Choosing the right pressure washer is easy. For one-story homes, an electric pressure washer packs enough punch to get the first floor sparkling.
For two-story homes, homeowners should consider a gas-powered pressure washer to reach high, hard-to-reach spots.
Getting a pressure washer is only the first step. Follow these six additional tips for getting your vinyl siding to radiate cleanliness:
Use Pressure Washer Detergent
Don’t forget to accessorize. Soap and water is always a better cleaning combination than water alone.
Most pressure washers come with an injector to mix cleaning solutions into the jet stream.
Only use solvents that say “approved for pressure washer use” on the label. Unapproved solvents may not be environmentally sound and could eat away at critical pressure washer components.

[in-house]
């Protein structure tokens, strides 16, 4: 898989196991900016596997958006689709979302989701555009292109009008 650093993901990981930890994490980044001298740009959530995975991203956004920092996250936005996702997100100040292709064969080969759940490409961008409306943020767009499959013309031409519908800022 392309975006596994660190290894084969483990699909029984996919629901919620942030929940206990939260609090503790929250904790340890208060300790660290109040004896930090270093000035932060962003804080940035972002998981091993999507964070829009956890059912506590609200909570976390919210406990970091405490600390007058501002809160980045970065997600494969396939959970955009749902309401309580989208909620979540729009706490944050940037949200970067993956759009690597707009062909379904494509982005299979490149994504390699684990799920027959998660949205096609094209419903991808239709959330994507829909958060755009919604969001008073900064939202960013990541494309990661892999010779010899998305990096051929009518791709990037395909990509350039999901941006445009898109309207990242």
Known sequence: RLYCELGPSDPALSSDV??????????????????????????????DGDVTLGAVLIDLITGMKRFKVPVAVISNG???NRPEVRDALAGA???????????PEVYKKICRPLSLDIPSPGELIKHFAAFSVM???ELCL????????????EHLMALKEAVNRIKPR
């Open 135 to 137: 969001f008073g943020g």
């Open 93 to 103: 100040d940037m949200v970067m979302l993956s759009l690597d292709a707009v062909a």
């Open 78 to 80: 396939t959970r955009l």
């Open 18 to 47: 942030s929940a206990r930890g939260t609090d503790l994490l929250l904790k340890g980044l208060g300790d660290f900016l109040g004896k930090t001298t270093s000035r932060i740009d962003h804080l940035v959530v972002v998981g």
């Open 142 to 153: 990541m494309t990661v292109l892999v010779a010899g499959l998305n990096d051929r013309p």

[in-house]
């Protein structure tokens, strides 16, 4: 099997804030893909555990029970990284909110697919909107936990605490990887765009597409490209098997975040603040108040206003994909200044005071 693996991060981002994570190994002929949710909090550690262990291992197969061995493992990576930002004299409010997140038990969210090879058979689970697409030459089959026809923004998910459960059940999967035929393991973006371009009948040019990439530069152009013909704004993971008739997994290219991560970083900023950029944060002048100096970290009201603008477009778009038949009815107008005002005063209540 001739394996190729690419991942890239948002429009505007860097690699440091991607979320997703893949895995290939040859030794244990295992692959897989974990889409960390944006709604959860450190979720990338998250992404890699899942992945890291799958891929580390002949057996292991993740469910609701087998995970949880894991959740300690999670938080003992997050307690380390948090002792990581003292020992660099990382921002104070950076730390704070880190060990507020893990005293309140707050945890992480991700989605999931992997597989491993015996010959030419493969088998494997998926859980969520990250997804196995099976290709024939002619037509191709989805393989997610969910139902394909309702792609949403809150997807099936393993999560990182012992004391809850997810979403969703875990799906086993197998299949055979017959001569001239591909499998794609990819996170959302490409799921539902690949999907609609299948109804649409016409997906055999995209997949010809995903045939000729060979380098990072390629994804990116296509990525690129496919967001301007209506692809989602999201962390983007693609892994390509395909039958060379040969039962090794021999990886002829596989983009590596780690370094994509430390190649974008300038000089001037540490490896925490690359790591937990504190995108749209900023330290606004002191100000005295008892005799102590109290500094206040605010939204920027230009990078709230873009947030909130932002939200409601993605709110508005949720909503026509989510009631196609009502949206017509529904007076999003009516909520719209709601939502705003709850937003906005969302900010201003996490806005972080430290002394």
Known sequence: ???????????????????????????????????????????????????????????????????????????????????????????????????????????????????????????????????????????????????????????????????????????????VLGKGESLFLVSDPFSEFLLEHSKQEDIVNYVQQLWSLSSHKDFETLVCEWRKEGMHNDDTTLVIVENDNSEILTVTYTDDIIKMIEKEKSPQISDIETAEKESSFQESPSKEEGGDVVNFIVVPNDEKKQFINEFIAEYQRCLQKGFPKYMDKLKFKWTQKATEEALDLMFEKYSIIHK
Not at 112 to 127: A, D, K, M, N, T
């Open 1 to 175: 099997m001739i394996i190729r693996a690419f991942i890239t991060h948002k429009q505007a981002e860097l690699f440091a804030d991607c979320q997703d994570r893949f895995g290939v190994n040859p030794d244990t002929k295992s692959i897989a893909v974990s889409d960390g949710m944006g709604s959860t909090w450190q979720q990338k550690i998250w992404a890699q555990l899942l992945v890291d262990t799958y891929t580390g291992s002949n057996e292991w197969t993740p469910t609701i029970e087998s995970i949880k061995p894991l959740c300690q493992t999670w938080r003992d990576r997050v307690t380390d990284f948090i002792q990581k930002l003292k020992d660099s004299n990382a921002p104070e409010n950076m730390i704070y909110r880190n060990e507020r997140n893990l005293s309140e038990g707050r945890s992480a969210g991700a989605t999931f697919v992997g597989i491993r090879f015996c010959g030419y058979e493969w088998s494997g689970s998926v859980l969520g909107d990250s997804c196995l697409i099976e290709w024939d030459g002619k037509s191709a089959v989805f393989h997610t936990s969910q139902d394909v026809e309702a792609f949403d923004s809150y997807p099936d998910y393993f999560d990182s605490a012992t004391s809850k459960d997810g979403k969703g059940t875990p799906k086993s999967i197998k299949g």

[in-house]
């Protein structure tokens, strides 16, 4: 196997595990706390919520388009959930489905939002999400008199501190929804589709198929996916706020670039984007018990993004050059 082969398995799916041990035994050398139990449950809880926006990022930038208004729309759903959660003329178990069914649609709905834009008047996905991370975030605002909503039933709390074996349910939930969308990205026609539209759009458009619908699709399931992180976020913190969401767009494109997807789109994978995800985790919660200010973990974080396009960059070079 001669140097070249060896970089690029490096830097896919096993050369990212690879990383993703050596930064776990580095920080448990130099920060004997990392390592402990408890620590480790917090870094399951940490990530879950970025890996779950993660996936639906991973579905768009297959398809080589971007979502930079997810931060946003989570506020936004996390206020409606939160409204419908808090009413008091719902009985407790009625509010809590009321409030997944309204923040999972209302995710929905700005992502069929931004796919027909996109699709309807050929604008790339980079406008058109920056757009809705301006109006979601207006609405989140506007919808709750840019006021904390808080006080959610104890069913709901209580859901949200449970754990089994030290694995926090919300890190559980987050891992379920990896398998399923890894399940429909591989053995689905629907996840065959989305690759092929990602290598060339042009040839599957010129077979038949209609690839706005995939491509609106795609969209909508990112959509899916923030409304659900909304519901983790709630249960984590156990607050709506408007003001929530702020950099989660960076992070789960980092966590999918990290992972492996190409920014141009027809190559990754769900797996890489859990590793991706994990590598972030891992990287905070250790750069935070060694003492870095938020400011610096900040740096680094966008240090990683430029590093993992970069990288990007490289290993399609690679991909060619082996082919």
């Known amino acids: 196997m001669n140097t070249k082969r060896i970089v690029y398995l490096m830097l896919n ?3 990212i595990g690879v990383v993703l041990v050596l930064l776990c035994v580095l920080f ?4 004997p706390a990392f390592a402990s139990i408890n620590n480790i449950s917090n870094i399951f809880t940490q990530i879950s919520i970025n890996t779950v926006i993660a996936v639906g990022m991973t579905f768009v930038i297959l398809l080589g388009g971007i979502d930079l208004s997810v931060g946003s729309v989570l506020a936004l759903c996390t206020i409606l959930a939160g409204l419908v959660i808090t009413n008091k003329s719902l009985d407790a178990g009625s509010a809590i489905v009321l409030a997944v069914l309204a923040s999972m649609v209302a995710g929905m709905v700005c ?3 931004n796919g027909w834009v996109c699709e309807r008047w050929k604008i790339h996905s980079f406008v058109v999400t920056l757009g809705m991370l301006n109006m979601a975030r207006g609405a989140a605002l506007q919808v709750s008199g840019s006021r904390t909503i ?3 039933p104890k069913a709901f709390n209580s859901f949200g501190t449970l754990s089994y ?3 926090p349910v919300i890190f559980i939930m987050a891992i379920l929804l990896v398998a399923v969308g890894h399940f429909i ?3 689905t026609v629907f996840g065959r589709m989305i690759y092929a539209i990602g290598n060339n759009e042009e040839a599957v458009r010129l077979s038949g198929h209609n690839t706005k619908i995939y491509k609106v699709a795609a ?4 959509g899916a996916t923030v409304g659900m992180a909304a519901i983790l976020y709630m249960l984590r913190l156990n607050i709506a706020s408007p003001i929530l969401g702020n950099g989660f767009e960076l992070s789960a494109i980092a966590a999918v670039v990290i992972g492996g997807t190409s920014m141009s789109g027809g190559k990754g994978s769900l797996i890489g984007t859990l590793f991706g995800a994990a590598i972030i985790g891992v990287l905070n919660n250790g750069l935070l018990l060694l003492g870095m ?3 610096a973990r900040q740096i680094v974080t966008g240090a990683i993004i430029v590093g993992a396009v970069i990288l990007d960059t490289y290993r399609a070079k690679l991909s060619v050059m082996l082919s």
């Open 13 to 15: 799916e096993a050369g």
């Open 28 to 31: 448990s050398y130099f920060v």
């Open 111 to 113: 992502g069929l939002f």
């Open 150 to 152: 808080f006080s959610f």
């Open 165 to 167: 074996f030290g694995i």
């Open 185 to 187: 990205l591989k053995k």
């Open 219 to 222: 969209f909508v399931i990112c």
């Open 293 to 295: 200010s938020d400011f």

Apply the Detergent Solution
Apply the soap mixture under low pressure with smooth, overlapping strokes. To prevent streaking, start from the bottom and work your way up. Pressure washing is a lot like painting. If you get “hose happy” and randomly spray everything, you’re bound to miss a spot.
If you have a multi-story house, you should consider using Campbell Hausfeld’s High-Pressure Soap Lance. Most pressure washers only spray soap under low pressure. The new lance sprays detergent up to 25 feet under high pressure.
Use a Pressure Washer Brush for Tough Spots
If your home hasn’t been cleaned in a while, use a rotating or utility brush to help loosen thick layers of dirt.
The brush simply snaps to then end of the pressure washer wand. Best of all, it acts as a foaming brush, emitting a soapy solution as you clean.
Let it Settle Before Rinsing
Why bother using a solution if you don’t give it time to work? It’s okay to allow the soap mixture to sit for five to 10 minutes, as long as it doesn’t dry.
Start From a Distance